U.S. Transportation Infrastructure Threatened by Fiscal Cliff
Ratings and research firm Fitch Ratings reckons that if U.S. policy makers should fail to reach an agreement and the country should plunge over the fiscal cliff, U.S. GDP growth will fall by 2% in 2013 to a nearly flat growth rate of 0.4% and that unemployment would rise to 10% by 2014. If that scenario comes to pass, one sector of the economy that will get pounded is the transportation industry.
The Fitch report focuses on debt financing issued to public transportation-related facilities like airports and shipping terminals. For publicly financed roads, bridges, and tunnels the agency sees a relatively small loss (compared with the recession of 2008-2009), but does see challenges to "completely offset" lower traffic or to meet debt service obligations that will be growing.
Regarding airports, Fitch says:
In general, Fitch would expect that passenger volumes would range from roughly flat to a 5% decline as a consequence (of the fiscal cliff) … . In contrast, Fitch's base case expectation for U.S. economic growth in 2013 would produce growth between approximately 1% and 4% in the airport sector.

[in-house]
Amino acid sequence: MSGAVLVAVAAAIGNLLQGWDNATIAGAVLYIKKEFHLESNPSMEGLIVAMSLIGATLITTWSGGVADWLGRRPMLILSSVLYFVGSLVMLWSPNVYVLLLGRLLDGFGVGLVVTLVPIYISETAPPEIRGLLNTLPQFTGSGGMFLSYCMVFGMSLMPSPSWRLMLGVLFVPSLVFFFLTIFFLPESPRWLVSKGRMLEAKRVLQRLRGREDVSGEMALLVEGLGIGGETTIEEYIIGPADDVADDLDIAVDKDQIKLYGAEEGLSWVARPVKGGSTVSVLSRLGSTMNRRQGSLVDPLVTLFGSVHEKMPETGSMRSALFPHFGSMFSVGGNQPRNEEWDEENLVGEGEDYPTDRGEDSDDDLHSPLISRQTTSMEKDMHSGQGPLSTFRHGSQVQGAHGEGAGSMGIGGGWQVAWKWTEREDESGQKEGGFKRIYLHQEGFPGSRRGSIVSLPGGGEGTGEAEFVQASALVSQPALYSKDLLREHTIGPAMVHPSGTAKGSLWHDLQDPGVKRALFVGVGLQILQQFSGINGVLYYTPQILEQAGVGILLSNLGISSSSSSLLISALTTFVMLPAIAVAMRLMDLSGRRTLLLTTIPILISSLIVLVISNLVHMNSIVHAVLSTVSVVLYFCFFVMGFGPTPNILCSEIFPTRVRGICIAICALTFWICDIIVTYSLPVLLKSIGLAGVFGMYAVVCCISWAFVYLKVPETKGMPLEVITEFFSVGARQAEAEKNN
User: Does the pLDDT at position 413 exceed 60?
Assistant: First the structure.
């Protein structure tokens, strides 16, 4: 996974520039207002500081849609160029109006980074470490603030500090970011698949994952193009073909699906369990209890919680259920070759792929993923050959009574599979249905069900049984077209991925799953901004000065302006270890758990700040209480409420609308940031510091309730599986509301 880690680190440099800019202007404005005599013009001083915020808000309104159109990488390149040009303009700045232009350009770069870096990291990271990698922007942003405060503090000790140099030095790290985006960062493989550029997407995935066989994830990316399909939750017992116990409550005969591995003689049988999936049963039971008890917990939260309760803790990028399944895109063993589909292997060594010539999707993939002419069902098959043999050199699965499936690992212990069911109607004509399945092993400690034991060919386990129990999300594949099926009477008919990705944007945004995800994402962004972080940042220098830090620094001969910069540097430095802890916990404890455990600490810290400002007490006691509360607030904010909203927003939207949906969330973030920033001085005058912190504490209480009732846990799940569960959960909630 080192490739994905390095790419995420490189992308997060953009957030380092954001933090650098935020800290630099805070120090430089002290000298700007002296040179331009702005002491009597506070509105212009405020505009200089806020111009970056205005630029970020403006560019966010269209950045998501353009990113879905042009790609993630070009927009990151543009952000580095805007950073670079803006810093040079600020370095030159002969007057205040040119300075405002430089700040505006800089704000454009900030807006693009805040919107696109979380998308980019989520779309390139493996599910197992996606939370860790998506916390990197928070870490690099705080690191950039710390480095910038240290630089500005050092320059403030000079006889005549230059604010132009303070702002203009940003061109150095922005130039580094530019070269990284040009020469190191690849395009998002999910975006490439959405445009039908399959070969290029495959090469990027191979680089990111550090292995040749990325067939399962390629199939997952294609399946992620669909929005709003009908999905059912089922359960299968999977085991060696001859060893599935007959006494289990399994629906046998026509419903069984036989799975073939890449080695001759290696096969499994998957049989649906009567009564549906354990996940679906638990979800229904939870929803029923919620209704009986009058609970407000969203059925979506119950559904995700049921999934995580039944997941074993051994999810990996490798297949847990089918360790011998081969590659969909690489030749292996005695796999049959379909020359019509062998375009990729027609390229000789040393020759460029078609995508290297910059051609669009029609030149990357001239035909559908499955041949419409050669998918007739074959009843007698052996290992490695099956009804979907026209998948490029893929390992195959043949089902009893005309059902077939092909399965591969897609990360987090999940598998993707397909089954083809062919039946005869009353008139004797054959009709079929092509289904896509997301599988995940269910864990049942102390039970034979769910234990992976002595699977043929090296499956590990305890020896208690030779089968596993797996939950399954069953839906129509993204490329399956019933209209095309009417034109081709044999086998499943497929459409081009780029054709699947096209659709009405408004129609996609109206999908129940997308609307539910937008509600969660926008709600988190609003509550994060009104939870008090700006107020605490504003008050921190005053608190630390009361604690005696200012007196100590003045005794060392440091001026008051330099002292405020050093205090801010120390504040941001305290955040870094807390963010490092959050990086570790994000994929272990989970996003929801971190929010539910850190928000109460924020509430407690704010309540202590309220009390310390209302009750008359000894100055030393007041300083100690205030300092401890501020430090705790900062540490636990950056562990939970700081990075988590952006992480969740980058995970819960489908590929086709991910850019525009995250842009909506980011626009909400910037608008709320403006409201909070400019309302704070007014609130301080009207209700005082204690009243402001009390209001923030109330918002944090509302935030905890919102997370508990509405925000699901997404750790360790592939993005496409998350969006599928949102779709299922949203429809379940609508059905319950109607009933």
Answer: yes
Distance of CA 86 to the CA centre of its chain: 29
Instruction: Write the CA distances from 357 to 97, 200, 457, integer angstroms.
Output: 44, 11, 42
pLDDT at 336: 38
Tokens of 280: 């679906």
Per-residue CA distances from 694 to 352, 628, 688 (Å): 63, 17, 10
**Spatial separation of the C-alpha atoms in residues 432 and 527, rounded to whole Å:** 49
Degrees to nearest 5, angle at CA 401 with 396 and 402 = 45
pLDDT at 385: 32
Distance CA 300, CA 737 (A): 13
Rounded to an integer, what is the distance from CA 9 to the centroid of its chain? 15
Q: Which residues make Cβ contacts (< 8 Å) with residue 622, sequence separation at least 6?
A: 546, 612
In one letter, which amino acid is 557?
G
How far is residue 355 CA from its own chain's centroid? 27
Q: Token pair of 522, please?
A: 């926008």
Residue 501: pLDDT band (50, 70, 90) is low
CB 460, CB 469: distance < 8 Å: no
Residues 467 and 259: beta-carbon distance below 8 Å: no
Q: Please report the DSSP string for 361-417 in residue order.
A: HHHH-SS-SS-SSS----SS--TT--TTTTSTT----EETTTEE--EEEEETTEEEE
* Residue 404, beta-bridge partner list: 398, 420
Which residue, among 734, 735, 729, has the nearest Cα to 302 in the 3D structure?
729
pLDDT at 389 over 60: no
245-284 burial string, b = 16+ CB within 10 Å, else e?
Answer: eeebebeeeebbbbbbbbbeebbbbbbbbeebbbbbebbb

At U.S. ports, imports would fall as consumer confidence and spending fall, and exports would also be expected to decline as a result of a U.S.-led recession that would contribute to lower growth in export markets.
It's not too difficult to see how the impact of the fiscal cliff on publicly-owned transportation facilities would affect private companies like airlines, shipping firms, railroads, and trucking. If financing becomes harder to get, facilities could be forced to cut back on various services and defer expansion because it will be difficult to muster political support for increasing tariffs yet again.
The Fitch Ratings report is available here.
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